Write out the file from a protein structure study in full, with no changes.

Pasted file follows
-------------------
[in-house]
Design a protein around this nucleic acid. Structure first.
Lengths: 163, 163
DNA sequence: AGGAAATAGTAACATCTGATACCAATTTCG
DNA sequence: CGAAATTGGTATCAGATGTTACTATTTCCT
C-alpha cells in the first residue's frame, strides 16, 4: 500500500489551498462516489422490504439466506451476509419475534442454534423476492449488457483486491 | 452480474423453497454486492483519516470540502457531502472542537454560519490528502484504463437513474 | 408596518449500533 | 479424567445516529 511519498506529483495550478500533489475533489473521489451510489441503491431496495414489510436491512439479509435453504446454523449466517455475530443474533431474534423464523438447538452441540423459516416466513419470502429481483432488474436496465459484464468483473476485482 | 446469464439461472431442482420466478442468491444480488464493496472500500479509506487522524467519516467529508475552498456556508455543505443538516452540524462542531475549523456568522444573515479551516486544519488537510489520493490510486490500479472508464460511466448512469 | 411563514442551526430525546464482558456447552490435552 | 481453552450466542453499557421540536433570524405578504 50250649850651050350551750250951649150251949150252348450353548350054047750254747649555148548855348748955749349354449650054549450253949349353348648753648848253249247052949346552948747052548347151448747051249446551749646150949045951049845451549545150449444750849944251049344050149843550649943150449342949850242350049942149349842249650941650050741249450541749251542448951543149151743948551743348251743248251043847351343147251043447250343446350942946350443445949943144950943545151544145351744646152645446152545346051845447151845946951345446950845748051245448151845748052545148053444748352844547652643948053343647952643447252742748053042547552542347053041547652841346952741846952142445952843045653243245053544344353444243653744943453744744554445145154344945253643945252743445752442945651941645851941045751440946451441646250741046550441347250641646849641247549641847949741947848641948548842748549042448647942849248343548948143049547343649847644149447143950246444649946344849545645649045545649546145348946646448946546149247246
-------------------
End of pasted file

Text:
[in-house]
Design a protein around this nucleic acid. Structure first.
Lengths: 163, 163
DNA sequence: AGGAAATAGTAACATCTGATACCAATTTCG
DNA sequence: CGAAATTGGTATCAGATGTTACTATTTCCT
C-alpha cells in the first residue's frame, strides 16, 4: 500500500489551498462516489422490504439466506451476509419475534442454534423476492449488457483486491 | 452480474423453497454486492483519516470540502457531502472542537454560519490528502484504463437513474 | 408596518449500533 | 479424567445516529 511519498506529483495550478500533489475533489473521489451510489441503491431496495414489510436491512439479509435453504446454523449466517455475530443474533431474534423464523438447538452441540423459516416466513419470502429481483432488474436496465459484464468483473476485482 | 446469464439461472431442482420466478442468491444480488464493496472500500479509506487522524467519516467529508475552498456556508455543505443538516452540524462542531475549523456568522444573515479551516486544519488537510489520493490510486490500479472508464460511466448512469 | 411563514442551526430525546464482558456447552490435552 | 481453552450466542453499557421540536433570524405578504 50250649850651050350551750250951649150251949150252348450353548350054047750254747649555148548855348748955749349354449650054549450253949349353348648753648848253249247052949346552948747052548347151448747051249446551749646150949045951049845451549545150449444750849944251049344050149843550649943150449342949850242350049942149349842249650941650050741249450541749251542448951543149151743948551743348251743248251043847351343147251043447250343446350942946350443445949943144950943545151544145351744646152645446152545346051845447151845946951345446950845748051245448151845748052545148053444748352844547652643948053343647952643447252742748053042547552542347053041547652841346952741846952142445952843045653243245053544344353444243653744943453744744554445145154344945253643945252743445752442945651941645851941045751440946451441646250741046550441347250641646849641247549641847949741947848641948548842748549042448647942849248343548948143049547343649847644149447143950246444649946344849545645649045545649546145348946646448946546149247246